The Richmond Tigers have been accused of using a controversial concussion substitution rule during Friday night’s draw against Fremantle Dockers at Marvel Stadium.
The Medication Replacement Rule was introduced ahead of the 2021 season but quickly became a point of contention within the AFL community.
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In the last quarter of a tense round of 19, Richmond defenseman Ben Miller was replaced by fast-footed small forward Maurice Rioli Jr., but the exact nature of the 22-year-old’s injury remained unclear.
John Ralph of the Herald Sun initially reported that Miller was replaced due to a “groin injury” before Tigers teammate Nathan Broad stated that he was suffering from full body cramps.
“Benny Miller had cramps all over his body. He just couldn’t move,” he told Fox Footy.
“He couldn’t move. He really couldn’t move. His whole body shut down.”
Richmond coach Damien Hardwicke elaborated in the post-match press conference: “I think he had calves… and by the end he had a lot of cramps, but I think he also flexed his calves.
“Maybe it’s all right, I’m not too sure, I haven’t gotten a response yet.”
Rioli Jr., who is smaller and faster than Miller, made an immediate impact after joining the competition, throwing two resets and two tackles in a tight fourth quarter.
Thus, the medical replacement raised eyebrows among influential pundits, who wondered if the change in personnel was not a tactical move.
AFL law states that a medical substitution can only be made if “it is reasonably determined that the player will be medically unfit to play in any match for at least the next 12 days”.
But this did not happen – after 10 rounds of the 2022 AFL season, 15 players were replaced out of matches, and lined up for their team the following week.
“These changes will always be suspicious because they seem so tactical in terms of timing,” former Richmond striker Matthew Richardson told Channel 7.
“That’s why you would like the AFL to make a decision that was made in advance: they will either miss next week or they can be replaced whenever they want, because there is always suspicion about this.”
Richmond doctors are now required to provide the AFL with a medical certificate as evidence that Miller was injured, and the club could be sanctioned if he is found to have violated the drug substitution rule.
In what was only the second tie for Fremantle in 622 AFL games, Tigers youngster Noah Cumberland could be a hero when he took the 50-meter mark with seconds left.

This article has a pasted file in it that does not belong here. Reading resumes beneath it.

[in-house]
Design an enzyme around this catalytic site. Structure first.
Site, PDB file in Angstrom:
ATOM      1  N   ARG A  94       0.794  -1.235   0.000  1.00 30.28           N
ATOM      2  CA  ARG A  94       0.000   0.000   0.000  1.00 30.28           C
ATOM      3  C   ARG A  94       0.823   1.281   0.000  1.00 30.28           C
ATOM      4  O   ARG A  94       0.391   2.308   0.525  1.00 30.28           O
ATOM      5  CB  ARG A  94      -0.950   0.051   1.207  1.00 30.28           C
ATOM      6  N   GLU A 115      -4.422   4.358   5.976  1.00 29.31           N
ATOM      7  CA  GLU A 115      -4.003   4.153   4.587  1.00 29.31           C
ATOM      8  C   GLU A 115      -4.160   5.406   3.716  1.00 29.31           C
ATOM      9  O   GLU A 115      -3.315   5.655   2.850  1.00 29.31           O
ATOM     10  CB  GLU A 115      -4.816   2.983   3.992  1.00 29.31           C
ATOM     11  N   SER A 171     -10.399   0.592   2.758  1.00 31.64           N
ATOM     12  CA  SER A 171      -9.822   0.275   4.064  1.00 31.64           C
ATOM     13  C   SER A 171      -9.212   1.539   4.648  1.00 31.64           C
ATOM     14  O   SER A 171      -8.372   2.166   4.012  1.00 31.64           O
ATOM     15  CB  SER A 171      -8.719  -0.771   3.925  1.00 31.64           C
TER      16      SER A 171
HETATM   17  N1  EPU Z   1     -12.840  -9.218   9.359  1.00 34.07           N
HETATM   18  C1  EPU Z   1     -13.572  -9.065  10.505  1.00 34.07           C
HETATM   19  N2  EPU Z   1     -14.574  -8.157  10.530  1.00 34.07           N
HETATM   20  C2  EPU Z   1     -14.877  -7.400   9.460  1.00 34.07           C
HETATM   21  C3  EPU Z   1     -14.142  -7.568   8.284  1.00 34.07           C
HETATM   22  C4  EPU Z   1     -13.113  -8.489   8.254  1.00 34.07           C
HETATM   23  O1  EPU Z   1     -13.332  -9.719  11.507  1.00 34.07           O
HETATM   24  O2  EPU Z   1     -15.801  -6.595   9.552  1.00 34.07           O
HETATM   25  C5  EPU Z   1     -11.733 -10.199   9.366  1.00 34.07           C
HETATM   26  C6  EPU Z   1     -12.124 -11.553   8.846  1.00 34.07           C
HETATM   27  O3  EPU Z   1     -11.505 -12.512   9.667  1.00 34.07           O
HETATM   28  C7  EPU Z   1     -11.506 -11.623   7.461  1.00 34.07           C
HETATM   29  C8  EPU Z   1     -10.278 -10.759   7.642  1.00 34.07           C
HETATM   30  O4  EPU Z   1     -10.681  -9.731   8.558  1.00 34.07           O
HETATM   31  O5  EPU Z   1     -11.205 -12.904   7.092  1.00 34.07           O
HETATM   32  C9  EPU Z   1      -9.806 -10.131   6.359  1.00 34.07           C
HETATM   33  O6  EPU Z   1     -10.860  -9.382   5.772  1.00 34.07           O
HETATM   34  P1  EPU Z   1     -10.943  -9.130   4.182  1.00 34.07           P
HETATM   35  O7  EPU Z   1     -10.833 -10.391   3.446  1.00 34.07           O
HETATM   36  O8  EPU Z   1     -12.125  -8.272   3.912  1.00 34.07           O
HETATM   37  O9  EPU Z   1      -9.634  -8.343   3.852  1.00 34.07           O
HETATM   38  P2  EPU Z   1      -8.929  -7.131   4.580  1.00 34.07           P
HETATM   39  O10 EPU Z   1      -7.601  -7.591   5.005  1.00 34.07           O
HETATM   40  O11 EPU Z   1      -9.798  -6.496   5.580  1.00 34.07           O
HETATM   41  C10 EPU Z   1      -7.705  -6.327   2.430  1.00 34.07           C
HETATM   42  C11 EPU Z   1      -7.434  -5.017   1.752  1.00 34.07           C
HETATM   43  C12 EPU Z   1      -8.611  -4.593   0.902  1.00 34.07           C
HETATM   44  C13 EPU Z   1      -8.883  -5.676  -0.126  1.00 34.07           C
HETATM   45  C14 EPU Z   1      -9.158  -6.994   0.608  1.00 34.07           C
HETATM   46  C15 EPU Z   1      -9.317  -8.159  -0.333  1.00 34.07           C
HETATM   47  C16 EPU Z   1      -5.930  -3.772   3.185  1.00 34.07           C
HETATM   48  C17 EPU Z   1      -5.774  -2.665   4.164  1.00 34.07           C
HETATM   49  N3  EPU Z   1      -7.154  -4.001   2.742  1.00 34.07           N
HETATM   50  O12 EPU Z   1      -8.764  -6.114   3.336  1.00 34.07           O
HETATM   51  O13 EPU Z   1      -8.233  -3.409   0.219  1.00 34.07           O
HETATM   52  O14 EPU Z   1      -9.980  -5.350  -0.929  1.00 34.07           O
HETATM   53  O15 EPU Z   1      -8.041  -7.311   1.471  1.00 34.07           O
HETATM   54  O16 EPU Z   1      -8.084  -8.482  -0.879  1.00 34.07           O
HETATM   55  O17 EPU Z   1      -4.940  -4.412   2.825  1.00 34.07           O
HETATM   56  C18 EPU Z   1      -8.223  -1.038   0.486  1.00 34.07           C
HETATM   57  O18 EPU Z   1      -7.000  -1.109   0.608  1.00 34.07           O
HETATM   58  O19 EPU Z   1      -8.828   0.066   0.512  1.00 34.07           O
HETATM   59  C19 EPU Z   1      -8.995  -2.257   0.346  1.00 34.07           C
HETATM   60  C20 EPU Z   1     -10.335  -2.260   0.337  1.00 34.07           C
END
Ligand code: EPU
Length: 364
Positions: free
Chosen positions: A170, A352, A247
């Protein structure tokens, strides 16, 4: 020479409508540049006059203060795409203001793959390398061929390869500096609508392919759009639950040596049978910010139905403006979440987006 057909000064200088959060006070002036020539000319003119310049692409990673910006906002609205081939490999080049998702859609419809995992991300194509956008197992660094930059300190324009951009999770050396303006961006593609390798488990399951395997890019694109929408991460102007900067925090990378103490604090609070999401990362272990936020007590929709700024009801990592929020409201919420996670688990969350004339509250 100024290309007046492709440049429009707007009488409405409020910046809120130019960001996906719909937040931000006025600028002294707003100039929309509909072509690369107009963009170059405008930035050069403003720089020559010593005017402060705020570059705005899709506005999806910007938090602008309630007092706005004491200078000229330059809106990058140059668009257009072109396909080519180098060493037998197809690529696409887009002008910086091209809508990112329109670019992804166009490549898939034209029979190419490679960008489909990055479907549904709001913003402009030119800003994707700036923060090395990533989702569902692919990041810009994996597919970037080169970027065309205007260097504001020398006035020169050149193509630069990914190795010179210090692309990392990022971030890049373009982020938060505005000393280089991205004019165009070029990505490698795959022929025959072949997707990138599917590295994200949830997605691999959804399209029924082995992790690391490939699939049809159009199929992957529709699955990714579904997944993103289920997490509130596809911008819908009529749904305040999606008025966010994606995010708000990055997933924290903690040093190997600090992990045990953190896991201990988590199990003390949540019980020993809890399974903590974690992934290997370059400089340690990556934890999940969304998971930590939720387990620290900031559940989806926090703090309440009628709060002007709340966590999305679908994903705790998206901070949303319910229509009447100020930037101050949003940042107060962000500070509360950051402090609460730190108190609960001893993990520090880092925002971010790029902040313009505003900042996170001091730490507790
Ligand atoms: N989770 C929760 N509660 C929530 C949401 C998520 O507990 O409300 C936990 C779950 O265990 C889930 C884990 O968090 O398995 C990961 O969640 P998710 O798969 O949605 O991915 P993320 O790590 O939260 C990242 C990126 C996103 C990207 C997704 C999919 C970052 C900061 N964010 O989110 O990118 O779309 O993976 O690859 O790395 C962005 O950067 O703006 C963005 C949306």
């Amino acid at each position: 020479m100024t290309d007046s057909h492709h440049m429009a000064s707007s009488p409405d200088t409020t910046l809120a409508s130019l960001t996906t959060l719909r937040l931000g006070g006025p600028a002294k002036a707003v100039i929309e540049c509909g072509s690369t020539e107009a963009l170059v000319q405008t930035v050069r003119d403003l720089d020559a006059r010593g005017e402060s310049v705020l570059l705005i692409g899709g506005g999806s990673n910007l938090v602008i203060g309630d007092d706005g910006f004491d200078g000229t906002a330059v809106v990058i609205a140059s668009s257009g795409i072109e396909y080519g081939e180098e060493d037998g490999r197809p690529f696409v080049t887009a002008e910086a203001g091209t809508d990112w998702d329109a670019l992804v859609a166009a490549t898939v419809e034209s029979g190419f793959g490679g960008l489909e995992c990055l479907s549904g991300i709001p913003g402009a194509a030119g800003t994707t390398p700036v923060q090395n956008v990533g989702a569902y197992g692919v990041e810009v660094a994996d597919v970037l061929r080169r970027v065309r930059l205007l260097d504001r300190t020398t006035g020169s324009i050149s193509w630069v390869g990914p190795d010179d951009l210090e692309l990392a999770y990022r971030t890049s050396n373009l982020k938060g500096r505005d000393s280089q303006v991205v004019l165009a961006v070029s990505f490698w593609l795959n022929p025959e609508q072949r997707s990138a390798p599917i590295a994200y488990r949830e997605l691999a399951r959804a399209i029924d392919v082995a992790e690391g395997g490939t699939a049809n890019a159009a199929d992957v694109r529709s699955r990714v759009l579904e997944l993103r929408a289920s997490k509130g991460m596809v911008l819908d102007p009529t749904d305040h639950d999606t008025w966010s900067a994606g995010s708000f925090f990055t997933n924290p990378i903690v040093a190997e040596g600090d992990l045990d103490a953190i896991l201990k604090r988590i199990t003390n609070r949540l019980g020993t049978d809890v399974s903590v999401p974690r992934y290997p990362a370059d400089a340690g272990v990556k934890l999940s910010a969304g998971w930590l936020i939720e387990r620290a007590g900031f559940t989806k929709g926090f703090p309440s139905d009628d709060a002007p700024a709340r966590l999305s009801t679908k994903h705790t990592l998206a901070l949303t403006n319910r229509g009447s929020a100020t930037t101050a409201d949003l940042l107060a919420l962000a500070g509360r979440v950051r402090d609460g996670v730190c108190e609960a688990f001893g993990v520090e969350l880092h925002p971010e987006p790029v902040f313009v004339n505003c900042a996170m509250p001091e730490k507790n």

But the 21-year-old continued to play as long as the siren sounded.as a result of which both teams will play a draw with a score of 7.10 (52) – 7.10 (52).
Thirty seconds before Cumberland’s goal, Fremantle’s Jordan Clark landed a game-tying tackle on Richmond’s Liam Baker, who scored a goal into the pocket, preventing the game-winning opportunity.
And with just 90 seconds left, Richmond had another chance to take the lead when Fremantle’s James Aish passed him to Andrew Brayshaw at center half, but Brayshaw lost the target, allowing Baker to lash out and pass him to Noah Balta. 55 m from the gate.
However, the big Tiger took too long to hit on goal and was told by the referee to play on, allowing Michael Frederick to soften the blow.
Fremantle was also guilty of missing opportunities in the last quarter; Shots on goal by Caleb Serong, Michael Walters and Will Brodie failed to score, while Griffin Logue missed a set-piece from 45 meters ahead.
Richmond defended dismally, and after Fremantle equalized, the Tigers scored against the flow of the game through Shy Bolton. Soon after, Bailey Banfield responded with what would eventually become the game-tying goal.
If the Bulldogs beat Melbourne or, more realistically, the St Kilda beat the West Coast, then the Tigers would be out of the top eight. Meanwhile, Fremantle will slip out of the top four this weekend if Collingwood beats Essendon.
In a disappointing blow to the Dockers, Captain Fife was injured in the third quarter, putting the remainder of his home and away season in doubt.
– with Ronnie Lerner, NCA NewsWire
Originally published as Richmond’s convoluted medical replacement puts controversial AFL rules under the microscope